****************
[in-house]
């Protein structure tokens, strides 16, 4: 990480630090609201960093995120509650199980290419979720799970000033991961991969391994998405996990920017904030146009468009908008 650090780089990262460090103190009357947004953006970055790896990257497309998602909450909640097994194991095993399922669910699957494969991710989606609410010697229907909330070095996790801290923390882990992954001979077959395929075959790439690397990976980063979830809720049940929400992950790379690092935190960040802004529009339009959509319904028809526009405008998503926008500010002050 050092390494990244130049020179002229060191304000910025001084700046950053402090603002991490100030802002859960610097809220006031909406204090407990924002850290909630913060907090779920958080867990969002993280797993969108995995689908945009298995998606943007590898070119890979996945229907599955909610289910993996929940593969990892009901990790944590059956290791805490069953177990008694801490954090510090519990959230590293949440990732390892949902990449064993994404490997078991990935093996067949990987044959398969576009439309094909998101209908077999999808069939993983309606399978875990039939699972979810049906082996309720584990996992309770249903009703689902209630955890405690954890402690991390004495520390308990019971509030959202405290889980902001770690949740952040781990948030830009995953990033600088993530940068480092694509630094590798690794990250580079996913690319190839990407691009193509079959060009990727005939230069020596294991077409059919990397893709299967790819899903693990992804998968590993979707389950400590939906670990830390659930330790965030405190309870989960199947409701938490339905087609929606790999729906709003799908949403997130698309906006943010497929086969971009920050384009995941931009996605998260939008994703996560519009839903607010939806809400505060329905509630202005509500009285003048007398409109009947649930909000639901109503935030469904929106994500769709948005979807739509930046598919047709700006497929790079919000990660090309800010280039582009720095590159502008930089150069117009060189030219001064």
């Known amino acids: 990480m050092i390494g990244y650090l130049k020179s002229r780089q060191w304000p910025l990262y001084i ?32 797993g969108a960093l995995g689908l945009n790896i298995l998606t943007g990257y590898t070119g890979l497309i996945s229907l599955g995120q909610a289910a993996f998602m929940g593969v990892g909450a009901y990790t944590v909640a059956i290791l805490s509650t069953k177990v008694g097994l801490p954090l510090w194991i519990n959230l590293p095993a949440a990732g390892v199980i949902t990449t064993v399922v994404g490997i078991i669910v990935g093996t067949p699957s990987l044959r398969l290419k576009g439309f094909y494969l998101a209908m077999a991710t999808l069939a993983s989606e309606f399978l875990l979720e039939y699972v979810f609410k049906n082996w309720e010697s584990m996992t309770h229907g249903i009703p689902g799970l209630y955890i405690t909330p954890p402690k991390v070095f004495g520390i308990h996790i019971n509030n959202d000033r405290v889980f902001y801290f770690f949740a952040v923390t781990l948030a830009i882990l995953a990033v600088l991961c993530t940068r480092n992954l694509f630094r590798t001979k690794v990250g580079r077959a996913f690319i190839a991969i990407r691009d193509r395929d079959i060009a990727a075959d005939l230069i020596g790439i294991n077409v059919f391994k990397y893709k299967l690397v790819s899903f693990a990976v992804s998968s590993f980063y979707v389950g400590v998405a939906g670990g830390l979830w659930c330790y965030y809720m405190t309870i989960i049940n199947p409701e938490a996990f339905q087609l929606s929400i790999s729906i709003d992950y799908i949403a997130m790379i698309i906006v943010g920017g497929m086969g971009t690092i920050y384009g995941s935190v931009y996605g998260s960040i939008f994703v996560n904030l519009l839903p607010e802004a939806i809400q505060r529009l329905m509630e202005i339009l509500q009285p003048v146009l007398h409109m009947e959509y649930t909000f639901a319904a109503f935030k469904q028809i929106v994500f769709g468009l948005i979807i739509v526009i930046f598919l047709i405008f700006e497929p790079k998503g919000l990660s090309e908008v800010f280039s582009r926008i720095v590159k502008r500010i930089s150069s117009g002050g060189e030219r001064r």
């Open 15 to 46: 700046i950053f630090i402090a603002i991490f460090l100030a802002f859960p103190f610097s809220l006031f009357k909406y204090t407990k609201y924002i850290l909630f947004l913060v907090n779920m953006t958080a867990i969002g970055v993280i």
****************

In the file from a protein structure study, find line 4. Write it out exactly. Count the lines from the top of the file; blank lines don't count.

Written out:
């Open 15 to 46: 700046i950053f630090i402090a603002i991490f460090l100030a802002f859960p103190f610097s809220l006031f009357k909406y204090t407990k609201y924002i850290l909630f947004l913060v907090n779920m953006t958080a867990i969002g970055v993280i």